Bill Cosby will stand trial on charges that he sexually assaulted Andrea Constand in 2004. Cosby's attorneys had been attempting to get the charges dismissed, but a judge has ruled that the trial can move forward.
The Times reports that Judge Elizabeth A. McHugh's decision was announced in the Montgomery County Courthouse in Pennsylvania today. In December, the 78-year-old comedian was arrested on charges of aggravated indecent assault, after Constand accused Cosby, who was her mentor at the time, of drugging and raping her while she was working as operations manager for the Temple University women’s basketball team.
Constand, who came forward in 2005 but had her claims dismissed by a district attorney, says Cosby invited her to his home one night in 2004 to discuss "future plans." He allegedly gave her three blue pills because "he wanted her to relax," soon after giving her a glass of wine. Constand told police she "lost all strength in her legs," and her vision went blurry.
According to an affidavit: "Despite her impaired physical and mental condition, the victim was aware that Cosby was fondling her breasts, put his hands into her pants and penetrated her vagina with his fingers...Cosby also took the victim’s right hand and placed it onto his erect penis."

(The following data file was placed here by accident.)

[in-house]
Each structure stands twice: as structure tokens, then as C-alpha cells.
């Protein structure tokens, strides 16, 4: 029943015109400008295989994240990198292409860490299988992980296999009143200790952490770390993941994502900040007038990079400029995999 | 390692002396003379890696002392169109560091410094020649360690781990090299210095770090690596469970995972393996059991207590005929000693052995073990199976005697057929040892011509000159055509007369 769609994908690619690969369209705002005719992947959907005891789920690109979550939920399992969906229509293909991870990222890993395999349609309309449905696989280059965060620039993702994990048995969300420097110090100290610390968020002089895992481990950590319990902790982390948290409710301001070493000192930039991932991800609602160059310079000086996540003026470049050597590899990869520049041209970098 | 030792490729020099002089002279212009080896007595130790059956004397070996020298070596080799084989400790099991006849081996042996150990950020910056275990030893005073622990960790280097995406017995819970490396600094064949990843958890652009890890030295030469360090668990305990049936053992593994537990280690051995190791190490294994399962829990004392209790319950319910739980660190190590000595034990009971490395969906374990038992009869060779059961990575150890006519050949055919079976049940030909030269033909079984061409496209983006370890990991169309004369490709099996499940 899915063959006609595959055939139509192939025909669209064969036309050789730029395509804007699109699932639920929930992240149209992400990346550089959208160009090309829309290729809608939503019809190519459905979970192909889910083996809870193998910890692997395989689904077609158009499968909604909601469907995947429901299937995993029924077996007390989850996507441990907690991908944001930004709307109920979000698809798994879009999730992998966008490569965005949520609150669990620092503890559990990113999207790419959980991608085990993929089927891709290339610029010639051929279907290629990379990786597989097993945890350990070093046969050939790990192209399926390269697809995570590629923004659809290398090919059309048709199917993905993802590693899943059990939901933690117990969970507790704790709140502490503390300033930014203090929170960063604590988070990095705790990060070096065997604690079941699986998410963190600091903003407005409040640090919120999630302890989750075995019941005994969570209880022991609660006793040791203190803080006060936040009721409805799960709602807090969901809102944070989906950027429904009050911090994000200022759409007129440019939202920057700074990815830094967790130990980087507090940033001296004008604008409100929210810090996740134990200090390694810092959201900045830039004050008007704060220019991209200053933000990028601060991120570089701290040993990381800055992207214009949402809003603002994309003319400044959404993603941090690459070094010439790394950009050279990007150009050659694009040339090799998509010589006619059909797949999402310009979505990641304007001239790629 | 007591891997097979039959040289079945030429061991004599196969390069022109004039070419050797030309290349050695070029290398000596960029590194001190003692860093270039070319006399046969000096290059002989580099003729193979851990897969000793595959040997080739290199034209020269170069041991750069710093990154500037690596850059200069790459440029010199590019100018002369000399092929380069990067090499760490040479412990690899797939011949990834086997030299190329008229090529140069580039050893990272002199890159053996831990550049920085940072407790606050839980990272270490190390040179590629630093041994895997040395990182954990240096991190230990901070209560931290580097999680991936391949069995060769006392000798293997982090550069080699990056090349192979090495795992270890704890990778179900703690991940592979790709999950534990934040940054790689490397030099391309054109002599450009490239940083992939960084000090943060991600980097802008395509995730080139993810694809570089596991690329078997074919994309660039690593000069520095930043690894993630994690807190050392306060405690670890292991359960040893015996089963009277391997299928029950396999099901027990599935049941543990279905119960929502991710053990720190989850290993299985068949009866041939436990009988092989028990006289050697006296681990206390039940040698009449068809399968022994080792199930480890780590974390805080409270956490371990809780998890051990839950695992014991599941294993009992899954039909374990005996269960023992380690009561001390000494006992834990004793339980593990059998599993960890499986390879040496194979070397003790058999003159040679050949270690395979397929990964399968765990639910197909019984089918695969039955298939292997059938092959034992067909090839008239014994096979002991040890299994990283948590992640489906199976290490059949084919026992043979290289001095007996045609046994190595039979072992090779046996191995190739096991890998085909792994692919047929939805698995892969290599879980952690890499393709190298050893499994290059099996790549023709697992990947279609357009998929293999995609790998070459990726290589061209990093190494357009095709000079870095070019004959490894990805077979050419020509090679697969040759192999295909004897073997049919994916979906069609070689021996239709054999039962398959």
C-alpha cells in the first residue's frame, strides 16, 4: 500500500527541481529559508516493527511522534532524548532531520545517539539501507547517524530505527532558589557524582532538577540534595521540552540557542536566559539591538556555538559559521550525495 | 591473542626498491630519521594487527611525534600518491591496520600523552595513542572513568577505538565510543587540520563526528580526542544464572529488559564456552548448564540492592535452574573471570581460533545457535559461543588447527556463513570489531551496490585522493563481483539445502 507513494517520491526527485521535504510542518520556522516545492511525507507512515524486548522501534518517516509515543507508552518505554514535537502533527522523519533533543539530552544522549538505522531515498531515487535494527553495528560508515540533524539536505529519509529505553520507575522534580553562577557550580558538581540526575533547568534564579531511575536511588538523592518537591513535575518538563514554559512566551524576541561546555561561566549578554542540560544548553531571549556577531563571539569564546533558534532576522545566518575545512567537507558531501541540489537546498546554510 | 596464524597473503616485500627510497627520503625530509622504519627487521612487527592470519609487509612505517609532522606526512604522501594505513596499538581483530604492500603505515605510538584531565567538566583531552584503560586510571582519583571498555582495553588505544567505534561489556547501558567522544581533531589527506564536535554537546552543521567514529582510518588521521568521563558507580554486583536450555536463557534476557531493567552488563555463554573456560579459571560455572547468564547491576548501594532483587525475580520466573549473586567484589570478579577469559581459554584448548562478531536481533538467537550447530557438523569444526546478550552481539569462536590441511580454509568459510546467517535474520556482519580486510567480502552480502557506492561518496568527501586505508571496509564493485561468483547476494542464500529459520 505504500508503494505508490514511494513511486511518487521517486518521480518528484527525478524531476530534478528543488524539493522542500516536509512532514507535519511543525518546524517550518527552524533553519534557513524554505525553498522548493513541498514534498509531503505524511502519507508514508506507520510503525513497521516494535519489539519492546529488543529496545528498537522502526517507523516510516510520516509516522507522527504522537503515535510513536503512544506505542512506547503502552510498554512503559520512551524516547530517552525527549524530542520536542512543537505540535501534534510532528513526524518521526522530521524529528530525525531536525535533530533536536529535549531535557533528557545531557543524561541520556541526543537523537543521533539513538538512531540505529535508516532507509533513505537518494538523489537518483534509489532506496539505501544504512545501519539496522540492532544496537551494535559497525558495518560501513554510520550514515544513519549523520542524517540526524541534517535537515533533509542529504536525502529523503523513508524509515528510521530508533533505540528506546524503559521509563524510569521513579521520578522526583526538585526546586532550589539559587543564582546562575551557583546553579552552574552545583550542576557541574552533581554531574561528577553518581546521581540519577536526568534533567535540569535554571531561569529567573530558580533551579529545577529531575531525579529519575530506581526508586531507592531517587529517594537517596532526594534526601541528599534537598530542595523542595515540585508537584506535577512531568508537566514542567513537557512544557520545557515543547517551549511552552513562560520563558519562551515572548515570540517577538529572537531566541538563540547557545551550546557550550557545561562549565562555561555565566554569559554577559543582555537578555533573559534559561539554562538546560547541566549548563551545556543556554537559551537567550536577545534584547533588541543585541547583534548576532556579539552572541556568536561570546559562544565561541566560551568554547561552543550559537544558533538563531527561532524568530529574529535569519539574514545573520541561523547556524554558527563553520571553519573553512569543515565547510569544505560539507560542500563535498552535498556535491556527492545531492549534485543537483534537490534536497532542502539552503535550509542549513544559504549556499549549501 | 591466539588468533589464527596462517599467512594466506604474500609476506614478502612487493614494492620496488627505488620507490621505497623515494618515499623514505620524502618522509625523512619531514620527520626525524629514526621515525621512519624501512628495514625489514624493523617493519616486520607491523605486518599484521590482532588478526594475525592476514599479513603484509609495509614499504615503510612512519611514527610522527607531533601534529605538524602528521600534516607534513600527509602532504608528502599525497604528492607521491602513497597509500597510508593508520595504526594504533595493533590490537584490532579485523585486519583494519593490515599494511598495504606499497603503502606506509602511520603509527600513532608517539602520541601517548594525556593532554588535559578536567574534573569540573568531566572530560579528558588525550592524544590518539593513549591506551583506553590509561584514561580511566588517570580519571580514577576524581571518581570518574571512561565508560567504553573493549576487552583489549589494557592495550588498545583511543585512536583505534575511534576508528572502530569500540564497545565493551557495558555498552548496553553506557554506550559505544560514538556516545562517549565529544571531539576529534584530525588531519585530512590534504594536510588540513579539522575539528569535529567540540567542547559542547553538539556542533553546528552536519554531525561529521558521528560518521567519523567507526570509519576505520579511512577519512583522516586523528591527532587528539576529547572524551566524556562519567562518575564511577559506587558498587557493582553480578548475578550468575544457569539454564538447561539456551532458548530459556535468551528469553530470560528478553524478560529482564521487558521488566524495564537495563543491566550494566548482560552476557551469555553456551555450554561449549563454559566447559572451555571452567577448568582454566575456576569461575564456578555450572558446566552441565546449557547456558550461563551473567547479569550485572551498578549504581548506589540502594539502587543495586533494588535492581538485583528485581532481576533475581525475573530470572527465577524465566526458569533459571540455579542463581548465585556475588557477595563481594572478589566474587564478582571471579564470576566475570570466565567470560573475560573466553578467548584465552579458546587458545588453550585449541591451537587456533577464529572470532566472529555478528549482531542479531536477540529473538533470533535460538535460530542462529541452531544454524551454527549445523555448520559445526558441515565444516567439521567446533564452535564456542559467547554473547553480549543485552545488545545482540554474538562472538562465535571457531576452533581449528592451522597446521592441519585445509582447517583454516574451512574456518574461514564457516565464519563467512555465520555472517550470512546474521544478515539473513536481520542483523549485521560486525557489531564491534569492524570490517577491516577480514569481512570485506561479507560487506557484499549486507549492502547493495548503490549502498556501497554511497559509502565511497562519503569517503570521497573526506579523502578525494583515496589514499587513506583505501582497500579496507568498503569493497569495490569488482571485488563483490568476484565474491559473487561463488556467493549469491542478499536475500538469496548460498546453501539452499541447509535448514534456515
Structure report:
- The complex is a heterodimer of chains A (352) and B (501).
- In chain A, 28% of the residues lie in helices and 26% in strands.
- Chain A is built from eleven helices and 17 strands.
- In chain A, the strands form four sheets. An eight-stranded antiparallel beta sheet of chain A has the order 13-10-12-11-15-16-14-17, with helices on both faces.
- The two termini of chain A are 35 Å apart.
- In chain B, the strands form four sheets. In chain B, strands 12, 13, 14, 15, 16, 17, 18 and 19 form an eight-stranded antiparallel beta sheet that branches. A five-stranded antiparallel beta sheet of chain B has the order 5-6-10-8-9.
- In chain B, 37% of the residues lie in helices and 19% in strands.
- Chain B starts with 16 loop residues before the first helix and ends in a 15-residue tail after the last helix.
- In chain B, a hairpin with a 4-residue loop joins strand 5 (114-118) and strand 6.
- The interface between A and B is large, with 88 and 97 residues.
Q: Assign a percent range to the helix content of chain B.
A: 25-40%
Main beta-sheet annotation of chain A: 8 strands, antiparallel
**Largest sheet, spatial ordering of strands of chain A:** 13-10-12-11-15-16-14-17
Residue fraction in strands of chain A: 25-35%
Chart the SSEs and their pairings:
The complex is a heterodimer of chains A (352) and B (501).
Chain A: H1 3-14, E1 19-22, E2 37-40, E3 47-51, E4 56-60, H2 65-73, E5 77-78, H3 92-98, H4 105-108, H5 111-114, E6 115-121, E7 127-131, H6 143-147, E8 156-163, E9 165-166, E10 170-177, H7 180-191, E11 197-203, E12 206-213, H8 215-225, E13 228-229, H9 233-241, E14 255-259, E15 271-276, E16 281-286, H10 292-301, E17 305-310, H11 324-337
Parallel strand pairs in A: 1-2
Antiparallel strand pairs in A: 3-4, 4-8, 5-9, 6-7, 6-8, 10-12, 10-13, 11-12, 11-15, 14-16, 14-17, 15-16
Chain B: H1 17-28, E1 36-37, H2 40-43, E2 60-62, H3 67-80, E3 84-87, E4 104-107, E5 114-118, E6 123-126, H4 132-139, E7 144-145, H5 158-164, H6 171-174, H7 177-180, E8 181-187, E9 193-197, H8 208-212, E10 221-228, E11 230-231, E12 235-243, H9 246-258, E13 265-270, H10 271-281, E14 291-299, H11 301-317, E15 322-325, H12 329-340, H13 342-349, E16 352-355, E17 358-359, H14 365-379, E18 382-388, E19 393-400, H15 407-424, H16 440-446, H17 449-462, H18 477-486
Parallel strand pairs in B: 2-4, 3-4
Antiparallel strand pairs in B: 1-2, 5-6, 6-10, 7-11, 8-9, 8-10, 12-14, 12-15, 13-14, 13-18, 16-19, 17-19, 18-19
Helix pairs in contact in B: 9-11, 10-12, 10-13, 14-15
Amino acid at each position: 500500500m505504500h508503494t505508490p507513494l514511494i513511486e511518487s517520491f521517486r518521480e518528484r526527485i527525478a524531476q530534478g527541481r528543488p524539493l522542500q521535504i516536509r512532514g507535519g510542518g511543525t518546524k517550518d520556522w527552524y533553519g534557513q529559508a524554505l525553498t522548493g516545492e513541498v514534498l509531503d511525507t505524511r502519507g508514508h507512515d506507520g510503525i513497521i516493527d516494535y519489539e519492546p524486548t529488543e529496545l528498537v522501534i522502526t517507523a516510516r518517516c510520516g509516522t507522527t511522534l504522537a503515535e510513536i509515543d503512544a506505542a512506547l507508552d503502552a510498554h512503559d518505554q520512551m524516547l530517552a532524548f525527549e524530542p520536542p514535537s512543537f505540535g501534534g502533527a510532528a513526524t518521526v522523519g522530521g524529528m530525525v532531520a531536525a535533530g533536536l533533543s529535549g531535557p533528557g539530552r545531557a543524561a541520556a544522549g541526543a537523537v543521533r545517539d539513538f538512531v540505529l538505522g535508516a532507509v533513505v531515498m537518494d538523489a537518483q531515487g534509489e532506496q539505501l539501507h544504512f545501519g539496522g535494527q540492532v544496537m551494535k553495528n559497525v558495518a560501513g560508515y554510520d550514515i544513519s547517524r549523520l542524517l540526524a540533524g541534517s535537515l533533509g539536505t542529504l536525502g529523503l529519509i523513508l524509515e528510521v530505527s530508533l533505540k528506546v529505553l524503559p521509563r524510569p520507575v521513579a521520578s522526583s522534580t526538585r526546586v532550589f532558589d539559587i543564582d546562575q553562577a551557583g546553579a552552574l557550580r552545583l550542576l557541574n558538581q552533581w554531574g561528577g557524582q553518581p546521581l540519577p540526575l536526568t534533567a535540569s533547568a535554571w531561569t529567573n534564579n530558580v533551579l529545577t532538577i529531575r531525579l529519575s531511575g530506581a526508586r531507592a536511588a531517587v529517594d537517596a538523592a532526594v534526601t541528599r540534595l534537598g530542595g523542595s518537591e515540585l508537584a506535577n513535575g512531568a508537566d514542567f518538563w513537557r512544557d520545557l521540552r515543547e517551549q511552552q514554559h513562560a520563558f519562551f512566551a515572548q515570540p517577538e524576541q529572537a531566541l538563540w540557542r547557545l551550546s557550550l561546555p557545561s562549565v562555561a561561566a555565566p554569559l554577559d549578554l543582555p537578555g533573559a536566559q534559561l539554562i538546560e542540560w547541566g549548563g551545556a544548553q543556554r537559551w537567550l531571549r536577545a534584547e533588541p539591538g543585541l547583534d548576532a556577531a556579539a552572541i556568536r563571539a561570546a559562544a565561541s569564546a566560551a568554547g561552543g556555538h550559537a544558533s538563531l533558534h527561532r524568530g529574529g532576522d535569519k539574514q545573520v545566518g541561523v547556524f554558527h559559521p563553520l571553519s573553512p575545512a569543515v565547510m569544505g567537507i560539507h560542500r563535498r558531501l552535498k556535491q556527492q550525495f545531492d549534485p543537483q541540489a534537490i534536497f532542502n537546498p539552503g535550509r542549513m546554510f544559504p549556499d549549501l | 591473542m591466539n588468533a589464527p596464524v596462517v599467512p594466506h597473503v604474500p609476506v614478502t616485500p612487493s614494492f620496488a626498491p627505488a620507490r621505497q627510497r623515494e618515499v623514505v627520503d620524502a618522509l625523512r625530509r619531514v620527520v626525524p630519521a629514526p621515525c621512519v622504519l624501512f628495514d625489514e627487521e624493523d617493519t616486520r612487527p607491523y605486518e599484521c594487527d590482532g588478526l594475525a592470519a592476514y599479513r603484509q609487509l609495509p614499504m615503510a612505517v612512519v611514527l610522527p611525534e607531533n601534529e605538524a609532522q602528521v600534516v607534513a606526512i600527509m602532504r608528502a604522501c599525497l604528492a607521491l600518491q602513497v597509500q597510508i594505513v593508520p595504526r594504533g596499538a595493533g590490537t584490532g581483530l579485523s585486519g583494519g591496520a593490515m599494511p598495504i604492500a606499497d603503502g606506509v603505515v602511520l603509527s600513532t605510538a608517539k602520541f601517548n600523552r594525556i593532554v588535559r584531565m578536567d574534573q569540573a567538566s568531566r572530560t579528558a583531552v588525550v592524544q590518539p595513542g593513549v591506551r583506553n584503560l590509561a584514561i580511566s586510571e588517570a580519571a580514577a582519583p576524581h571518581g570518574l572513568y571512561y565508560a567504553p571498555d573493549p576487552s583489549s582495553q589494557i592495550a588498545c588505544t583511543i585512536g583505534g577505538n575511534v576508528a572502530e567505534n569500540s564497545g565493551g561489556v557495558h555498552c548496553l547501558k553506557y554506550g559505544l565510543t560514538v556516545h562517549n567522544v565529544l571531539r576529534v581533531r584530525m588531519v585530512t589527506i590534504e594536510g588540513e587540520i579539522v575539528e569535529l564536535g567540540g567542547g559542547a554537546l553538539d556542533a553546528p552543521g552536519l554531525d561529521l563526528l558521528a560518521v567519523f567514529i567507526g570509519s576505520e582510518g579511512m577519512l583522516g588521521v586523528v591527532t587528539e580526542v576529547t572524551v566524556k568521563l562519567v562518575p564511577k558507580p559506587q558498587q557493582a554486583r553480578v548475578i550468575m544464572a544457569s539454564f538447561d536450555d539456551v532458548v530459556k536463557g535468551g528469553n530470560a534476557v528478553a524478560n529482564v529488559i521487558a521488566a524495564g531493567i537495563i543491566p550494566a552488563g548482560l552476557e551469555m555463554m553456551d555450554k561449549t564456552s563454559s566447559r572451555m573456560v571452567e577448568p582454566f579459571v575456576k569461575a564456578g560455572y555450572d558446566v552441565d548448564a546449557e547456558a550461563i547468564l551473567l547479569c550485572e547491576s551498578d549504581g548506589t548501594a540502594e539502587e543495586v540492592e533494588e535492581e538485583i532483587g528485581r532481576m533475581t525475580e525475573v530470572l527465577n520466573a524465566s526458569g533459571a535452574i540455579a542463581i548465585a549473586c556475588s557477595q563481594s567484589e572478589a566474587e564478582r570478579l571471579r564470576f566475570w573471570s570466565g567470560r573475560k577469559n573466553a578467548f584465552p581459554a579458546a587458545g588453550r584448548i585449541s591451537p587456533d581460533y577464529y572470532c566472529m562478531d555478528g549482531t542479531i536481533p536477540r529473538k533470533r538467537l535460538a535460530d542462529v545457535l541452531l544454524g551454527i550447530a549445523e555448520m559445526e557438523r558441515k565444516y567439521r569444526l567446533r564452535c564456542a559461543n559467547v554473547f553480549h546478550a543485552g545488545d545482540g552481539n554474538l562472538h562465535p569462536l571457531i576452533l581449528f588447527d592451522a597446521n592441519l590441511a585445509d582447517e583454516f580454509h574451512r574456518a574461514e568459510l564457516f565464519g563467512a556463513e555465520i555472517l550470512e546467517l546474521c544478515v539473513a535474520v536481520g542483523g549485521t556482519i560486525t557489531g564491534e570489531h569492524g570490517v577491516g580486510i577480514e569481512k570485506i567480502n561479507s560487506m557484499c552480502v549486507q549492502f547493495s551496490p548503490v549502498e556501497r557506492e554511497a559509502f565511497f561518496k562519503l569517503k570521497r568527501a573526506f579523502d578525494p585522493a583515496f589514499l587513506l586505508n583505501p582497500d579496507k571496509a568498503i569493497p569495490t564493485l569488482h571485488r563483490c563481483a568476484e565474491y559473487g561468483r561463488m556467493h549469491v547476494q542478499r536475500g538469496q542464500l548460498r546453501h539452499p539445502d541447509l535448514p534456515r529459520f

Cosby's attorneys have argued that the charges don't stand thanks to the former district attorney's decision in 2005 not to pursue them. A civil suit brought by Constand that year was privately settled; Cosby gave a deposition in which he "spoke freely," though Cosby's attorneys have been fighting to keep that testimony out of the trial.
Constand is one of nearly 50 women who have accused Cosby of sexual misconduct, many of whom say the comedian drugged and raped or assaulted them. A number of women have filed civil defamation suits against Cosby, after he accused them of lying when they came forward about the assaults.